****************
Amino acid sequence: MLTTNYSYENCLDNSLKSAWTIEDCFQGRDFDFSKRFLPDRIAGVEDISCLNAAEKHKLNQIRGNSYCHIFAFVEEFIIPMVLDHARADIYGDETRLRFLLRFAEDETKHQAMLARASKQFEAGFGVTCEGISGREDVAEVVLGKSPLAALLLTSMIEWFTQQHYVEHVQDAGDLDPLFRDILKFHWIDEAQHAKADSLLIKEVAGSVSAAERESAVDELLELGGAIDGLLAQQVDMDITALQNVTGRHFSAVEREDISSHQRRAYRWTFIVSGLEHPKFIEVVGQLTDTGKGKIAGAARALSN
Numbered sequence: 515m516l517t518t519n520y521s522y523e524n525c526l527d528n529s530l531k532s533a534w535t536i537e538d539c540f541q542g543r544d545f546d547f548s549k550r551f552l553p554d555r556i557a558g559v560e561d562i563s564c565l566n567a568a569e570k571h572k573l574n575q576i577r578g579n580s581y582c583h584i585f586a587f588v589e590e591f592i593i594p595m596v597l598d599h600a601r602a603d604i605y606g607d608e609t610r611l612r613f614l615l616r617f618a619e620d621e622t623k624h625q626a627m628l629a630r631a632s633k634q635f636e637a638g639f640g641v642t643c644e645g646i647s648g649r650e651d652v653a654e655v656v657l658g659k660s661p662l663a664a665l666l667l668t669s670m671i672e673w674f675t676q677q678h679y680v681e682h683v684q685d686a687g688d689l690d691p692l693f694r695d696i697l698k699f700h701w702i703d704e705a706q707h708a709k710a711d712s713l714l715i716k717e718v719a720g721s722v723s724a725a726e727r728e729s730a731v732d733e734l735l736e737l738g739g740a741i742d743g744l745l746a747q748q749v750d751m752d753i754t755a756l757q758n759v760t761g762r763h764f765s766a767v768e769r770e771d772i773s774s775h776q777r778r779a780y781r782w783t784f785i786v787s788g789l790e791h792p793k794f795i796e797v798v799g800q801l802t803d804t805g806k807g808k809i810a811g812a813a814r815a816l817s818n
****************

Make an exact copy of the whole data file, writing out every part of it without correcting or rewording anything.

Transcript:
Amino acid sequence: MLTTNYSYENCLDNSLKSAWTIEDCFQGRDFDFSKRFLPDRIAGVEDISCLNAAEKHKLNQIRGNSYCHIFAFVEEFIIPMVLDHARADIYGDETRLRFLLRFAEDETKHQAMLARASKQFEAGFGVTCEGISGREDVAEVVLGKSPLAALLLTSMIEWFTQQHYVEHVQDAGDLDPLFRDILKFHWIDEAQHAKADSLLIKEVAGSVSAAERESAVDELLELGGAIDGLLAQQVDMDITALQNVTGRHFSAVEREDISSHQRRAYRWTFIVSGLEHPKFIEVVGQLTDTGKGKIAGAARALSN
Numbered sequence: 515m516l517t518t519n520y521s522y523e524n525c526l527d528n529s530l531k532s533a534w535t536i537e538d539c540f541q542g543r544d545f546d547f548s549k550r551f552l553p554d555r556i557a558g559v560e561d562i563s564c565l566n567a568a569e570k571h572k573l574n575q576i577r578g579n580s581y582c583h584i585f586a587f588v589e590e591f592i593i594p595m596v597l598d599h600a601r602a603d604i605y606g607d608e609t610r611l612r613f614l615l616r617f618a619e620d621e622t623k624h625q626a627m628l629a630r631a632s633k634q635f636e637a638g639f640g641v642t643c644e645g646i647s648g649r650e651d652v653a654e655v656v657l658g659k660s661p662l663a664a665l666l667l668t669s670m671i672e673w674f675t676q677q678h679y680v681e682h683v684q685d686a687g688d689l690d691p692l693f694r695d696i697l698k699f700h701w702i703d704e705a706q707h708a709k710a711d712s713l714l715i716k717e718v719a720g721s722v723s724a725a726e727r728e729s730a731v732d733e734l735l736e737l738g739g740a741i742d743g744l745l746a747q748q749v750d751m752d753i754t755a756l757q758n759v760t761g762r763h764f765s766a767v768e769r770e771d772i773s774s775h776q777r778r779a780y781r782w783t784f785i786v787s788g789l790e791h792p793k794f795i796e797v798v799g800q801l802t803d804t805g806k807g808k809i810a811g812a813a814r815a816l817s818n